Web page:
Angela Merkel and the history book that helped inform her worldview

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tags: Angela Merkel, nationalism, globalization, Jurgen Osterhammel, The Transformation of the World



While she was recuperating from a skiing accident in 2013, Angela Merkel picked up a 1,500-page tome on the 19th century by the historian Jürgen Osterhammel called The Transformation of the World. The book left an impression. A few months later she invited Osterhammel to her 60th birthday party, not just to celebrate but to give an hour-long lecture.

The theme was “history and time”, and those familiar with Osterhammel’s work detect his influence in Merkel’s worldview, particularly where he covers globalisation, migration and technology.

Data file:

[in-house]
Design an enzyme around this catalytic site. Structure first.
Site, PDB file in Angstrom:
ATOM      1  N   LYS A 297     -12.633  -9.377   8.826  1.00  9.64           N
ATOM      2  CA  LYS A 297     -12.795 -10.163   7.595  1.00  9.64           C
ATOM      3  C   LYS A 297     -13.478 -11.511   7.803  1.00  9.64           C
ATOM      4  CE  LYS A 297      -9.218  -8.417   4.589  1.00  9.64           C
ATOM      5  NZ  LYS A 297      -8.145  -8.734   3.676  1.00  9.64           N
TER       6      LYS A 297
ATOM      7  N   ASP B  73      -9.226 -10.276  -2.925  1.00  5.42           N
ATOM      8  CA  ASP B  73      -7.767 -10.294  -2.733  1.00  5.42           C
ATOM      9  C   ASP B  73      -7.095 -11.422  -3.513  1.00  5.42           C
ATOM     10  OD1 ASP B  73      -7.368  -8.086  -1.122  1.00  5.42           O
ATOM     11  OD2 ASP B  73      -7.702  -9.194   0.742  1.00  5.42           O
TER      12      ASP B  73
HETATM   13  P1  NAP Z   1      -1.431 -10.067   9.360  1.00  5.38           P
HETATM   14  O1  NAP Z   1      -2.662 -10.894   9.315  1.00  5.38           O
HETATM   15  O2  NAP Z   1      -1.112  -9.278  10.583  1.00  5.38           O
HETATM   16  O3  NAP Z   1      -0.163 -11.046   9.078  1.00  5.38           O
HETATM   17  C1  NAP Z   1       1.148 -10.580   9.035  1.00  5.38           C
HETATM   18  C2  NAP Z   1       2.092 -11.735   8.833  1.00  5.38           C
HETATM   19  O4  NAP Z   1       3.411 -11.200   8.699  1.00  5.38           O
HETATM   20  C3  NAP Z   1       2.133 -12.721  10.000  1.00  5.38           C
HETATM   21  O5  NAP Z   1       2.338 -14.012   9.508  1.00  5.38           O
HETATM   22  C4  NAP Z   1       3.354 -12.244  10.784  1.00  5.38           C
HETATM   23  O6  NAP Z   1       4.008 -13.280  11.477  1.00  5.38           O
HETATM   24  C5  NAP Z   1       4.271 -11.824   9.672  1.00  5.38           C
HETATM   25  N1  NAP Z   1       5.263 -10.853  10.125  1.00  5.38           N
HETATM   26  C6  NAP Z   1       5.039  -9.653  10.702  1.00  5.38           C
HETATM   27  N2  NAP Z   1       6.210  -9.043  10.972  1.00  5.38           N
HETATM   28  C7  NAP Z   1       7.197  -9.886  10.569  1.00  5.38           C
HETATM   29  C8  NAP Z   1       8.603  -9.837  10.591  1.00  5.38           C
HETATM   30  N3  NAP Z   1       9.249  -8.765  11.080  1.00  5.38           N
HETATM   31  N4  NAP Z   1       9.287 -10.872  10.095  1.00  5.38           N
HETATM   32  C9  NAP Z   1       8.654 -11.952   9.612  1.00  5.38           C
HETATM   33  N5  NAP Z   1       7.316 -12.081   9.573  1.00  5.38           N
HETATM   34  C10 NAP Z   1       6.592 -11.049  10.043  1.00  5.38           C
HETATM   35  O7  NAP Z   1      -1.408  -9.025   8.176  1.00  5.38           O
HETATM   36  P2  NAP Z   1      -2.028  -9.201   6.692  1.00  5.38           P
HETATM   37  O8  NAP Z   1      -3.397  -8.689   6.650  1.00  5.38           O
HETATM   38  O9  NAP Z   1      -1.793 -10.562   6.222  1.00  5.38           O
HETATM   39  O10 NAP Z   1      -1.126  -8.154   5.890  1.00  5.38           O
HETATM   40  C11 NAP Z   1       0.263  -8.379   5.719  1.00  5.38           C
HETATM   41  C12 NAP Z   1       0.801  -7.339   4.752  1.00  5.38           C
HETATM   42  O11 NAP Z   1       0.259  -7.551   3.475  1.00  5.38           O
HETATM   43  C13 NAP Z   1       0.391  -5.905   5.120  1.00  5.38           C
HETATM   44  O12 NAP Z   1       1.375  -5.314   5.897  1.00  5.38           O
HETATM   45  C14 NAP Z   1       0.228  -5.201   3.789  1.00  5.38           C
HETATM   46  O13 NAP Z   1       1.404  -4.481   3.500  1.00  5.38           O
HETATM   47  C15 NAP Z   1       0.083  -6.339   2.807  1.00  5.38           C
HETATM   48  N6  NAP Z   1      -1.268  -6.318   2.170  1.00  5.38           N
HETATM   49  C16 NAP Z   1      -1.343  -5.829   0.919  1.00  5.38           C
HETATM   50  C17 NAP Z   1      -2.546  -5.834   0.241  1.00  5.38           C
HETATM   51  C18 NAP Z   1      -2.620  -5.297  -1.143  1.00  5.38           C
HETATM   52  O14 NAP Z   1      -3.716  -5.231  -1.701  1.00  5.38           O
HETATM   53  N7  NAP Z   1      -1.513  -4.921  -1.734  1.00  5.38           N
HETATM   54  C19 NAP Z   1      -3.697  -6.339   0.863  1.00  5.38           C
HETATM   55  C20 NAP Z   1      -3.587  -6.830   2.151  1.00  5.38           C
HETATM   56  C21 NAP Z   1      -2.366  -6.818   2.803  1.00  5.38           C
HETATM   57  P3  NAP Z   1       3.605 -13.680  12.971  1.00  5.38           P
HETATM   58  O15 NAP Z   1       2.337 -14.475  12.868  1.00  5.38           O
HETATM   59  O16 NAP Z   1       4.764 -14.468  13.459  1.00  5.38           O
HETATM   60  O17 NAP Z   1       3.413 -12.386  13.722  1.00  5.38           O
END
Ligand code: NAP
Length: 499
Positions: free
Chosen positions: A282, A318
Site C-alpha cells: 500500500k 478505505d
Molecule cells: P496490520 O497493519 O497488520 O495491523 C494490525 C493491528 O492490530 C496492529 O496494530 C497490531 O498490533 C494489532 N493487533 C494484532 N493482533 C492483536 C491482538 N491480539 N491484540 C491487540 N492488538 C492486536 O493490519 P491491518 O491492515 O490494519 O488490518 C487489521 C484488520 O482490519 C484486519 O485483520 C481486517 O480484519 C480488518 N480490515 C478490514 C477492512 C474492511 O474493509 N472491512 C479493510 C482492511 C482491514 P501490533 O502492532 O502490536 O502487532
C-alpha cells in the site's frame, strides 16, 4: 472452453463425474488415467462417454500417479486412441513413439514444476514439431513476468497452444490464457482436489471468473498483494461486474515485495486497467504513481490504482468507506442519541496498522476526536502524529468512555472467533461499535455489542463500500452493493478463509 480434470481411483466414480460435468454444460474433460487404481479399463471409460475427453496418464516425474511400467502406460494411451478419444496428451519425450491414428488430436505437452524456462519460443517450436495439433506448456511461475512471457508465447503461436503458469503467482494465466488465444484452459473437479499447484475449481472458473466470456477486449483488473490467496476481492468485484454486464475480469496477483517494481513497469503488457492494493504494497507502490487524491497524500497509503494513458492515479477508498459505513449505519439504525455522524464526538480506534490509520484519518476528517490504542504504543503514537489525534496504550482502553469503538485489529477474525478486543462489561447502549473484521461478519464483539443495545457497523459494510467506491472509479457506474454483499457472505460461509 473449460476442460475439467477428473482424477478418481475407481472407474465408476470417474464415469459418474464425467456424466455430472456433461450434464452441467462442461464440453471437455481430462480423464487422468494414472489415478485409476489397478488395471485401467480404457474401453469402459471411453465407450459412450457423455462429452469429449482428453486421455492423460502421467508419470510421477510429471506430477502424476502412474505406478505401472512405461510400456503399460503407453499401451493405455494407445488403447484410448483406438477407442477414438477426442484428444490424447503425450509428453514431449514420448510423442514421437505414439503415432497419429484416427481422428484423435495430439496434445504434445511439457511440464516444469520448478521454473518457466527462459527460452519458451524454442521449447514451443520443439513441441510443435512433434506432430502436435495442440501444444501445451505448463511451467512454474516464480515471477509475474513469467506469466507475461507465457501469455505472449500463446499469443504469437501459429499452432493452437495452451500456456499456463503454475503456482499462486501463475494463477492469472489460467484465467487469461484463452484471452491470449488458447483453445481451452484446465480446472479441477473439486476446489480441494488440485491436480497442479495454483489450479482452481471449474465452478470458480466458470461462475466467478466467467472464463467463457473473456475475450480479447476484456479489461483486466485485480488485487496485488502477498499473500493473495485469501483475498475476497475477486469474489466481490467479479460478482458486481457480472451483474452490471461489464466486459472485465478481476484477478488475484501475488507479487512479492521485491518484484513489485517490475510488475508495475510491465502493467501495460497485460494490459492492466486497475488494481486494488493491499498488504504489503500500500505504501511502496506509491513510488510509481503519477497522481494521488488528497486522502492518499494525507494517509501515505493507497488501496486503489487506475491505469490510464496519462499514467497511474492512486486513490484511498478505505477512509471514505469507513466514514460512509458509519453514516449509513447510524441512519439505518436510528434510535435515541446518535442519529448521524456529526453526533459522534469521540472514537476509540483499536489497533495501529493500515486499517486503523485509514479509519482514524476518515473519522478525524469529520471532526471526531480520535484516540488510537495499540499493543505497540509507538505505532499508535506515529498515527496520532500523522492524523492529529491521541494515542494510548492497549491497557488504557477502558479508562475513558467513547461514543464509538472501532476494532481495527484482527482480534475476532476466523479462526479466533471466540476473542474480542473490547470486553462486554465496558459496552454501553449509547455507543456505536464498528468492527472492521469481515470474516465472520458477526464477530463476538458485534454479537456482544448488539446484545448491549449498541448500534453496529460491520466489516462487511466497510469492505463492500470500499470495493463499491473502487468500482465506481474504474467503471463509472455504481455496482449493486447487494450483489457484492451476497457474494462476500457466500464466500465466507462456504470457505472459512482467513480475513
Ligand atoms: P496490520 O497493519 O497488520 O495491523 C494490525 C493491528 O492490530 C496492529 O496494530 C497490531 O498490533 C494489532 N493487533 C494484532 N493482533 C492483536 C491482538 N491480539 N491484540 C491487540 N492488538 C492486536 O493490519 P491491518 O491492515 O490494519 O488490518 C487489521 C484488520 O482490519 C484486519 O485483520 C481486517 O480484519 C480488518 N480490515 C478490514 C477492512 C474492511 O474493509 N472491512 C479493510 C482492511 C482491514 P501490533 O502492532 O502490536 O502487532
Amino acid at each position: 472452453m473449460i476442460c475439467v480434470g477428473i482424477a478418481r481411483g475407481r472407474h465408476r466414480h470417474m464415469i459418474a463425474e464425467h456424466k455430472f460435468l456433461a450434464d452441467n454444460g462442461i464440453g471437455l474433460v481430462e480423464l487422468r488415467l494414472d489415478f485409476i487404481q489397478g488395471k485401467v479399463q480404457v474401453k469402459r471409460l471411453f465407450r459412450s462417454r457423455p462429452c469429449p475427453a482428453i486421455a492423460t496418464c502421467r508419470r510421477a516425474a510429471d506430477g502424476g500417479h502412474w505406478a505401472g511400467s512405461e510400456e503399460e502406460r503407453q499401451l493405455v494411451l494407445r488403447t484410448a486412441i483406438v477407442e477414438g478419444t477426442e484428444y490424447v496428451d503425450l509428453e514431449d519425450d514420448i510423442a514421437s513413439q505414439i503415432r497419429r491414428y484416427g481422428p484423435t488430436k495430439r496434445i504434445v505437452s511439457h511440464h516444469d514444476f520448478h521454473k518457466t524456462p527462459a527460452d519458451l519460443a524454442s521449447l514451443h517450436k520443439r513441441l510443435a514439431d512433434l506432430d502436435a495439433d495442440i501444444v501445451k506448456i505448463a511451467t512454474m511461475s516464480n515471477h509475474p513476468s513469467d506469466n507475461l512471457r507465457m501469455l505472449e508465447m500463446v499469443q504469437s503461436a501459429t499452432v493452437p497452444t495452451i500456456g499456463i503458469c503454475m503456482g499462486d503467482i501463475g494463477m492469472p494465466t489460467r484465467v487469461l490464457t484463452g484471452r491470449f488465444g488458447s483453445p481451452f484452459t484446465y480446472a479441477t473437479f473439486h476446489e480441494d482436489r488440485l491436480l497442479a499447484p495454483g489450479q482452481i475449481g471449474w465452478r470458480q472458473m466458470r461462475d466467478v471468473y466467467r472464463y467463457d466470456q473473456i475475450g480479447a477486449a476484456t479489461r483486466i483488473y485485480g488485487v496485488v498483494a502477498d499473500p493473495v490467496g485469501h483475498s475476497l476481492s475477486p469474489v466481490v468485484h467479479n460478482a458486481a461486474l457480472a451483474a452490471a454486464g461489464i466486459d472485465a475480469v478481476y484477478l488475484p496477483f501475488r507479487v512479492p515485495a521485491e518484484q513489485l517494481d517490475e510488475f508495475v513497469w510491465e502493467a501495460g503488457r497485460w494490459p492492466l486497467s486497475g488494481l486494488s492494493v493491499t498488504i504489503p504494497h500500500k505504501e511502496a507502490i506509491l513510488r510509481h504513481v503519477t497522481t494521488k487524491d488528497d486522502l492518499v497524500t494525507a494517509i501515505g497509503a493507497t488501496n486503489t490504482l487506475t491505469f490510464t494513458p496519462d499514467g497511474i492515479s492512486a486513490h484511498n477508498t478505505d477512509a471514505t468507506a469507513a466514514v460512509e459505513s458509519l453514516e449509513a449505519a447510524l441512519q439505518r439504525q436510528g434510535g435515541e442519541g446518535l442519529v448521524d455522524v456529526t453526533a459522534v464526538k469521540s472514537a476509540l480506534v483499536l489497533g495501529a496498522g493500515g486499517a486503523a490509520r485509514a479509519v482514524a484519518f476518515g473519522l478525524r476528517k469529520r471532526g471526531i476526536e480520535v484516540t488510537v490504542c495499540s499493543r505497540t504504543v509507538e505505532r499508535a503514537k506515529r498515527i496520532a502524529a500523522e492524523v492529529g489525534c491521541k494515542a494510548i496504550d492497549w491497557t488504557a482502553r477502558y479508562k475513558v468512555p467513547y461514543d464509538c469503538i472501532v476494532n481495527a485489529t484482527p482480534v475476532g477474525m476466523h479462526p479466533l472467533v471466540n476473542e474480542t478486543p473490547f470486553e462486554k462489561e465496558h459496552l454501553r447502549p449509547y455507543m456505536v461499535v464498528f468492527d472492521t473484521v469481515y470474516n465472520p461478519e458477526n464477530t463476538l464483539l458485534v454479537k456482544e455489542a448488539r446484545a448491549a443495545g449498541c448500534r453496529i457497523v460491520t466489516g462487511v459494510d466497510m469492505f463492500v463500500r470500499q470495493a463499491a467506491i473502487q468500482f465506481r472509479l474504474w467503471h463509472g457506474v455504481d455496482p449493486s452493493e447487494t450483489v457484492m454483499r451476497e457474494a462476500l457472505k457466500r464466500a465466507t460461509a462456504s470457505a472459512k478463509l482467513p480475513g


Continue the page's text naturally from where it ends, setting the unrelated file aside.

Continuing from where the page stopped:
The admiration is mutual. “Even though I am not a member of the CDU [Christian Democratic Union] and an old SPD [Social Democratic party] voter, I am a personal fan of the chancellor,” Osterhammel said in an email exchange with the Guardian. 

“Few people are likely to have read my book from beginning to end,” Osterhammel admits. “They don’t have to, and I hope the chancellor didn’t. There are many other important books to learn from. The amazing thing is that senior politicians do read history books at all.”

The historian rejects the idea that his book has had a direct influence on Merkel’s policies. But many sections of the work – on globalisation, migration and technology, to name a few pertinent topics – read differently in the light of decisions she has made since reading it, such as the treatment of Greece at the height of the eurozone crisis. ...




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